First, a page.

D. Picked his nose in her presence.
E. All of the above.
ANSWER: A. And, although everyone is presumed innocent until found guilty beyond a reasonable doubt, it doesn’t look good for the owner of this architectural firm. After the female employee found the pen and determined that it had a USB port, the police raided the boss’s office and home, and found 22 secret videos of the employee. The owner reportedly explained that he thought the employee was “very beautiful” and he just wanted to see what was under her shirt. Oh, well, then. Is that all? OK.
No. 3: Last week, the Trump Administration agreed to delay the start of an employment-related initiative that was supposed to take effect soon. What was it?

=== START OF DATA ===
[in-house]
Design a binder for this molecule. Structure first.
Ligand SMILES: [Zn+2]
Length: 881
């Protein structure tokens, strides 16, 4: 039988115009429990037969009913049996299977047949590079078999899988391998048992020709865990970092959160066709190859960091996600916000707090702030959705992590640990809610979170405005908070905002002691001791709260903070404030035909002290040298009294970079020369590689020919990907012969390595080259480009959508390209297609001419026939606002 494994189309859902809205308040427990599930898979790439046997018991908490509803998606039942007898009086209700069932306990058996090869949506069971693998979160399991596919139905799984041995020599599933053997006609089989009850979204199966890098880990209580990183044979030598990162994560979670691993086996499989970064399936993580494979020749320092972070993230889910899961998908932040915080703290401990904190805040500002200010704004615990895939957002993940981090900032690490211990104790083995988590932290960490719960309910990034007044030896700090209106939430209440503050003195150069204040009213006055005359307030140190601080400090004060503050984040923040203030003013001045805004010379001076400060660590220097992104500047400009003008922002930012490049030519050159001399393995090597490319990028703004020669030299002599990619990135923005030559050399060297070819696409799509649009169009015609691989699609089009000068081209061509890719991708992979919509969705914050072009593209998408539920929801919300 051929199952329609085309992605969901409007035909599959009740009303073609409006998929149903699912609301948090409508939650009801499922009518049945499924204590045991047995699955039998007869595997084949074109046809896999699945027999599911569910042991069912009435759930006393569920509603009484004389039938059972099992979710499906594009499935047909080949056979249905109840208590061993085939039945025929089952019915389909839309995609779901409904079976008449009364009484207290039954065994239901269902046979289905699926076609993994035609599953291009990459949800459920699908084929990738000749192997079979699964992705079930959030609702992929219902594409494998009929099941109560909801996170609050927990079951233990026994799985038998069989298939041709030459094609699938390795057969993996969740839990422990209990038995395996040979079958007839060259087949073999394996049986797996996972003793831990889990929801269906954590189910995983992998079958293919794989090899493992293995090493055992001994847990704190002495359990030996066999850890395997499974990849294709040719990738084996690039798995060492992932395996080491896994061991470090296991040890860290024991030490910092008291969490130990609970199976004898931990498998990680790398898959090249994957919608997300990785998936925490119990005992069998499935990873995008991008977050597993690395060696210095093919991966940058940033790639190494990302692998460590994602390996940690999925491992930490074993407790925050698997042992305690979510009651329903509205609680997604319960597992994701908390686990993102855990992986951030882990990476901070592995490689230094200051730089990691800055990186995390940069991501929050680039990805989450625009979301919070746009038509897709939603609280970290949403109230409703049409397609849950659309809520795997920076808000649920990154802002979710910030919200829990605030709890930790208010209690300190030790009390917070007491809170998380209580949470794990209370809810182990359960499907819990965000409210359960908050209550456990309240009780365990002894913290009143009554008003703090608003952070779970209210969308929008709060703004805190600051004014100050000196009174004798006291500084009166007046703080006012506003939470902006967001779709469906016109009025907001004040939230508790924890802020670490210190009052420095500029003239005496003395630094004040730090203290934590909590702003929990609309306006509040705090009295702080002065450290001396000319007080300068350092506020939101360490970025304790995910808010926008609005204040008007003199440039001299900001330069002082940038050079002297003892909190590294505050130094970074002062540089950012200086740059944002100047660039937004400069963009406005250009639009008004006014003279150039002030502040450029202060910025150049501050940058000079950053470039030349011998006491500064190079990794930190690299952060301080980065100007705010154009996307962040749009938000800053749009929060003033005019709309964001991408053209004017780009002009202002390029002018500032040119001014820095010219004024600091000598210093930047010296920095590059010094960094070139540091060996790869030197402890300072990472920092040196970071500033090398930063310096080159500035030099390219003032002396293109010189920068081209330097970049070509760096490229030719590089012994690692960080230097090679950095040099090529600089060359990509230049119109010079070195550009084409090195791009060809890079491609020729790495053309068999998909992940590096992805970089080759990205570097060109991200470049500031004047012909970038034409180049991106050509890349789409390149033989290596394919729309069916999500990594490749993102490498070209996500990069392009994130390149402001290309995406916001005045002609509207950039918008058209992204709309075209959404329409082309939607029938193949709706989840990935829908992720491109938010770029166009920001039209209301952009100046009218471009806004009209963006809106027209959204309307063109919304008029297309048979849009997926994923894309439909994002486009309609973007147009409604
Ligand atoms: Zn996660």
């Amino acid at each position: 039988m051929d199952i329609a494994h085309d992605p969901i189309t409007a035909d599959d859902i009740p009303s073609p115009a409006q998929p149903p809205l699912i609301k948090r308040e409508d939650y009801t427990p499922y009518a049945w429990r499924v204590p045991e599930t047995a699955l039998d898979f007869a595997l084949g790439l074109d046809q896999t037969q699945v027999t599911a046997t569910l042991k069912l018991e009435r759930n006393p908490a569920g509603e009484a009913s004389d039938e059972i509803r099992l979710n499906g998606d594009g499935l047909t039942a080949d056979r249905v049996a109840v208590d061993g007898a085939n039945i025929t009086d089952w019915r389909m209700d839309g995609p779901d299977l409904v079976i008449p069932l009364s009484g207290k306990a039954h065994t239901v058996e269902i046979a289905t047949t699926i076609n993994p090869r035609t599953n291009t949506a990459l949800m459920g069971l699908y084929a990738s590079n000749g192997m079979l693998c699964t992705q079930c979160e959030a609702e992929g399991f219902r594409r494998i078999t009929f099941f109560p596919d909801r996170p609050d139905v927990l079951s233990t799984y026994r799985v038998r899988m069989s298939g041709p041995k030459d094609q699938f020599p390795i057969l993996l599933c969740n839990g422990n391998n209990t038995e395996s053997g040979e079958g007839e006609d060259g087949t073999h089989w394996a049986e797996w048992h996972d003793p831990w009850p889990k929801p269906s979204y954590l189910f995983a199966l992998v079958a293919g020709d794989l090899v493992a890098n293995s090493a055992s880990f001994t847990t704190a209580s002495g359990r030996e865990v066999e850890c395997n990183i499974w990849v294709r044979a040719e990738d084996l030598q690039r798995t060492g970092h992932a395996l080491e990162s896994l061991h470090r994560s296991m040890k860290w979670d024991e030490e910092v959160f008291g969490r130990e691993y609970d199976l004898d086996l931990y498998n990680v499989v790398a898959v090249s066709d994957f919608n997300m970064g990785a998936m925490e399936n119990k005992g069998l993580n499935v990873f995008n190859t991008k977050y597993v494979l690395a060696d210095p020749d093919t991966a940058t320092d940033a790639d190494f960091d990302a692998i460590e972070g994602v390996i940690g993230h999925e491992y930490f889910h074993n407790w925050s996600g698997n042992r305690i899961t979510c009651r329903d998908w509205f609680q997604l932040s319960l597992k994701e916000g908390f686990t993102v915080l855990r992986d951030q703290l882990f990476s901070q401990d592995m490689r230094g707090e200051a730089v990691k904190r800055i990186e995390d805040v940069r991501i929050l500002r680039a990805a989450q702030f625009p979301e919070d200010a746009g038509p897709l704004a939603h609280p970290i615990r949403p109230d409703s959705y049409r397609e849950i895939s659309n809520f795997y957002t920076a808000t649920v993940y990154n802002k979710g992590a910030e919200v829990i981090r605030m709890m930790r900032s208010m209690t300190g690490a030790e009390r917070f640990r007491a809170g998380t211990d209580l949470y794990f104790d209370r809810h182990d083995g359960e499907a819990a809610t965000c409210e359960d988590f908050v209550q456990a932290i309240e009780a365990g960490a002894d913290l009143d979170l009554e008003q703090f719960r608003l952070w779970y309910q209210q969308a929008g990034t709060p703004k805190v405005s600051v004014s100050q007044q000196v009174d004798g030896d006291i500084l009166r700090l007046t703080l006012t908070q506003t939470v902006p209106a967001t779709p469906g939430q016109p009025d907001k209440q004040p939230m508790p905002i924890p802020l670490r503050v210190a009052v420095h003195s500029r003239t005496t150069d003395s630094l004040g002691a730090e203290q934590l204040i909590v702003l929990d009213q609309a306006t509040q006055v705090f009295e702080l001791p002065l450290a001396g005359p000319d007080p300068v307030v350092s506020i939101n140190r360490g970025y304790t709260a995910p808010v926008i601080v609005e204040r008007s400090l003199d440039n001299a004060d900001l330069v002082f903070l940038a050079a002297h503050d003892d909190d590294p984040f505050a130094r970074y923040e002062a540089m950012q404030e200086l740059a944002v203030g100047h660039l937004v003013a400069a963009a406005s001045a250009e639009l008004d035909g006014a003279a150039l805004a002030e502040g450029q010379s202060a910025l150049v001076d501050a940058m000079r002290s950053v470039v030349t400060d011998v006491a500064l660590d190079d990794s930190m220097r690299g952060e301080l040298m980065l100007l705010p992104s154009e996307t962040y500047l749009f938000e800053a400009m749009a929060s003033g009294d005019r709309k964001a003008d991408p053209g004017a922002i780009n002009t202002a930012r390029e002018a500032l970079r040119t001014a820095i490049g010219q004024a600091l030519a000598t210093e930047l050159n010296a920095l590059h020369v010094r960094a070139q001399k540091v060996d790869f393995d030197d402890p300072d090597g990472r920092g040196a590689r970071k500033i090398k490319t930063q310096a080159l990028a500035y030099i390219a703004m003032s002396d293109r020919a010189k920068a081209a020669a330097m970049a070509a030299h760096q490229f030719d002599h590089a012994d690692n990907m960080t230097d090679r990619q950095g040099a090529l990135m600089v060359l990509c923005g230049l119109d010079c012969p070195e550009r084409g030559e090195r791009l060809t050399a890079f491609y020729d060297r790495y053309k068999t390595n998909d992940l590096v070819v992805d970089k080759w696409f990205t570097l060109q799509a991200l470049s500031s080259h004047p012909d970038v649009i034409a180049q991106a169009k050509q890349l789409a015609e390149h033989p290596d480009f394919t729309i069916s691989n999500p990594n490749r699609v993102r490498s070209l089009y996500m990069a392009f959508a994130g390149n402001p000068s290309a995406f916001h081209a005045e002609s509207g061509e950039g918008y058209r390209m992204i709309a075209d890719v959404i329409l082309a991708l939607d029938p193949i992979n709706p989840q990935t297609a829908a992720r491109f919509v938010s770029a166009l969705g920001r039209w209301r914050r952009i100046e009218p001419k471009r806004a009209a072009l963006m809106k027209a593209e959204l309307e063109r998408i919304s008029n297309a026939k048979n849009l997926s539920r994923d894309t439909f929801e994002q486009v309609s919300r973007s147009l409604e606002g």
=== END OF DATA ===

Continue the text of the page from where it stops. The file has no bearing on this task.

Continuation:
A. Protection of political conservatives from discrimination.
B. A law prohibiting Congressional Democrats from subpoenaing employees’ income tax returns.
C. Religious conscience protections for employees and students in the healthcare industry.
D. A jobs program for out-of-work Buzzfeed columnists.
ANSWER: C. The U.S. Department of Health and Human Services issued final regulations that would prohibit healthcare employers from discriminating against employees and students who had religious objections to certain medical procedures, such as abortion or gender reassignment. The regulations were scheduled to take effect this month, but last week the DHHS said it was willing to delay the regulations’ implementation until November 22 while various legal challenges to the regulations are pending.